What’s Hot : The Farm to Feet Blue Ridge is an over the calf running compression sock made from 100% “American” merino wool fiber. These socks are extremely comfortable, lightweight, and warm. Merino wool has a bunch of great properties, it keeps you warm in the winter and cool in the summer, it’s naturally moisture wicking and antimicrobial, all of which apply to the Blue Ridge. The socks have a seamless toe closure which reduces bulk and eliminates the friction that can cause blisters.
What’s Not : I would have liked to have had just a touch more compression around the arch area of the foot.
Who’s It For : The Farm to Feet Blue Ridge would be Great for any runner that wears socks. If you have never spent the money on a good pair of Merino wool compression socks, you must, they are worth every penny.
Outdoor Research Endurance Gaiters
What’s Hot : The Outdoor Research Endurance Gaiters are lightweight but protective. Once you have them adjusted to your shoe, they are super easy to get on and off, with the step in, zip up design. They move very well when running, without feeling like they are a burden. The Endurance Gaiters are stretchy, breathable and water-resistant.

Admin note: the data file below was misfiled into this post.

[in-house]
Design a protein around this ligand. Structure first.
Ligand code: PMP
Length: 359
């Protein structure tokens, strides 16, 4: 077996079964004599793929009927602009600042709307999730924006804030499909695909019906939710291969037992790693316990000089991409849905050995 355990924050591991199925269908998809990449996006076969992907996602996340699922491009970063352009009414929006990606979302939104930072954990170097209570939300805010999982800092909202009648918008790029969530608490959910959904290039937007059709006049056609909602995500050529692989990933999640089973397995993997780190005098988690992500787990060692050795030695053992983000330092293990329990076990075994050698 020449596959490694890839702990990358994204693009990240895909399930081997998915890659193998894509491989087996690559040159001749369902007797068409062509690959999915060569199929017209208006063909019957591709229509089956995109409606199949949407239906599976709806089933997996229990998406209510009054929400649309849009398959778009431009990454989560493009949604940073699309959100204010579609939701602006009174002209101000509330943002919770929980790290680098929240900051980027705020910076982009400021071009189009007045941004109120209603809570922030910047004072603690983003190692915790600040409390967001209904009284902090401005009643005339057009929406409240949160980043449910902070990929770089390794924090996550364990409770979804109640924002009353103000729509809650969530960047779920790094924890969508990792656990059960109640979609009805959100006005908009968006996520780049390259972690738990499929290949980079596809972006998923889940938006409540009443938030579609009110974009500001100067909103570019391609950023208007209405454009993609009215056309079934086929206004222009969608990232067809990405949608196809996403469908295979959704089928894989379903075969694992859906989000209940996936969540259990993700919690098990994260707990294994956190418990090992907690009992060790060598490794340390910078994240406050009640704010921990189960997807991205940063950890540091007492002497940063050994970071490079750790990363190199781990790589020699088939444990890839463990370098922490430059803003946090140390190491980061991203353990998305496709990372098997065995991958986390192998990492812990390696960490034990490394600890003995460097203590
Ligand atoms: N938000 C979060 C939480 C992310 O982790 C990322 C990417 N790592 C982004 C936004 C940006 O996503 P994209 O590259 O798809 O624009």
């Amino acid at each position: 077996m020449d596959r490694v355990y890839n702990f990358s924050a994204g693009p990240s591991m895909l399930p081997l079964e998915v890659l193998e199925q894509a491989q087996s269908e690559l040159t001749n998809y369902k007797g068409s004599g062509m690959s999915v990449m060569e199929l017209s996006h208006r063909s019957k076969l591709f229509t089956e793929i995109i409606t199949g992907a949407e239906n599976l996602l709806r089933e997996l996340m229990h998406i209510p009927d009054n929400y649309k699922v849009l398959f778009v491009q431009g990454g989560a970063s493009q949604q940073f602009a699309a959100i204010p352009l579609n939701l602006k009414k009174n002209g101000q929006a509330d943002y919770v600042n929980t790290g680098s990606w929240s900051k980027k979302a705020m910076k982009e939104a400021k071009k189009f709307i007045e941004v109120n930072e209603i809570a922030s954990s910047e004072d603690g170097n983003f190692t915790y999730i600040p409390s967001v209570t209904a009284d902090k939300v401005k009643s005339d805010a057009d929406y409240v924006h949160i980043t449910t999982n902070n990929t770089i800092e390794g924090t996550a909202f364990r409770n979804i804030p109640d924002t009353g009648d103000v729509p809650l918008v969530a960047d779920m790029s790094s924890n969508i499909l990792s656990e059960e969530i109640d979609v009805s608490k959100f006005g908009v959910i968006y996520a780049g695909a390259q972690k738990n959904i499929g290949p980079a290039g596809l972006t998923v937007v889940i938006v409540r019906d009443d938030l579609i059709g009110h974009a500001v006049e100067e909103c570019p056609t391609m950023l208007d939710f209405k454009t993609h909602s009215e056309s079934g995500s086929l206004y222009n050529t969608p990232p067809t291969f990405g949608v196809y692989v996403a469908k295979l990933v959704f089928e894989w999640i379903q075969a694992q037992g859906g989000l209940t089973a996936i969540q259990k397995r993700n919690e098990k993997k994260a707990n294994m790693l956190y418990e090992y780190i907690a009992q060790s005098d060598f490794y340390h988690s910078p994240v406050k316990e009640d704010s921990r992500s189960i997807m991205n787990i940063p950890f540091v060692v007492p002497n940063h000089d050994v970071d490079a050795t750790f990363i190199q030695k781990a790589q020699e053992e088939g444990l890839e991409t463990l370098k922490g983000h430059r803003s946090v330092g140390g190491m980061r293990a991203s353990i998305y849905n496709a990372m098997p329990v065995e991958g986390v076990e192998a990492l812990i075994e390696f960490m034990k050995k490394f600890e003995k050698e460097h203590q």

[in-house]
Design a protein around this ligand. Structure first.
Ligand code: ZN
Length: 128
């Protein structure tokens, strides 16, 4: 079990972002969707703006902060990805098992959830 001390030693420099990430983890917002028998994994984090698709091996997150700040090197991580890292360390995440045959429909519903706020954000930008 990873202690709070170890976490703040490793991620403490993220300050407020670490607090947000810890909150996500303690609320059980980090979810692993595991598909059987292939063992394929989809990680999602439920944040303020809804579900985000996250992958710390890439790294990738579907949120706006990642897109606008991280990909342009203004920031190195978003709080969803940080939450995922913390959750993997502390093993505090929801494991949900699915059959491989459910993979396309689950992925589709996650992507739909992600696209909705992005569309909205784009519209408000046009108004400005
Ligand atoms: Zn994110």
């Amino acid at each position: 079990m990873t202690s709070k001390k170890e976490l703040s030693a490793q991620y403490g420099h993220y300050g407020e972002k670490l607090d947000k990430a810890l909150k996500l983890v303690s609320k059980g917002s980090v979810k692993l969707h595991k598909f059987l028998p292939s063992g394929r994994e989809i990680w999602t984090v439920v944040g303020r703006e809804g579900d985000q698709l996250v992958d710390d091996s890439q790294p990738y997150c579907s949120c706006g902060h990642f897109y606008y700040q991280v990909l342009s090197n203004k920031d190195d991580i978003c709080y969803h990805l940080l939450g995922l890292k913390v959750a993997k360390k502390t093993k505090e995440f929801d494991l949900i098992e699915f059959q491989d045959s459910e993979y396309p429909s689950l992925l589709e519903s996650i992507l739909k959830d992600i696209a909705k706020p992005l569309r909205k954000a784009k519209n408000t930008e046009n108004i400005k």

What’s Not : If your running environment is at the temperature where the snow becomes WET and heavy, after about three hours of trampling through the snow the gaiters will start to absorb a bit of the moisture and become heavy.
Who’s It For : A must have for the trail runner that wants to keep snow, slush, mud and rocks out of your shoes.
Native Eyewear Cable
What’s Hot : The Native Eyewear Cable is a wonderful pair of eyewear, that is extremely comfortable to wear. The Cable comes with the Sportflex Lens kit, which are low light interchangeable lenses, that are some of the best lenses I have ever used for early morning running. The Sportflex lenses almost enhance the surrounding environment, perfect for keeping the cold wintry air off your eyes. Going for a run when it is sunny, swap them out for the Polarized Blue Reflex’s and you are in business. The glasses also have hybrid venting that keeps fogging up, to a minimum. Between the Cushinol temple boots and the Mastoid temple grips (gray parts of the arms in the picture), once you put these glasses on your head they are going to stay right there.
What’s Not : Lenses are hard to swap out, but I suppose that is how you want it or they would just fall out.
Who’s It For : Anyone that is looking for a superb pair of active high performance glasses.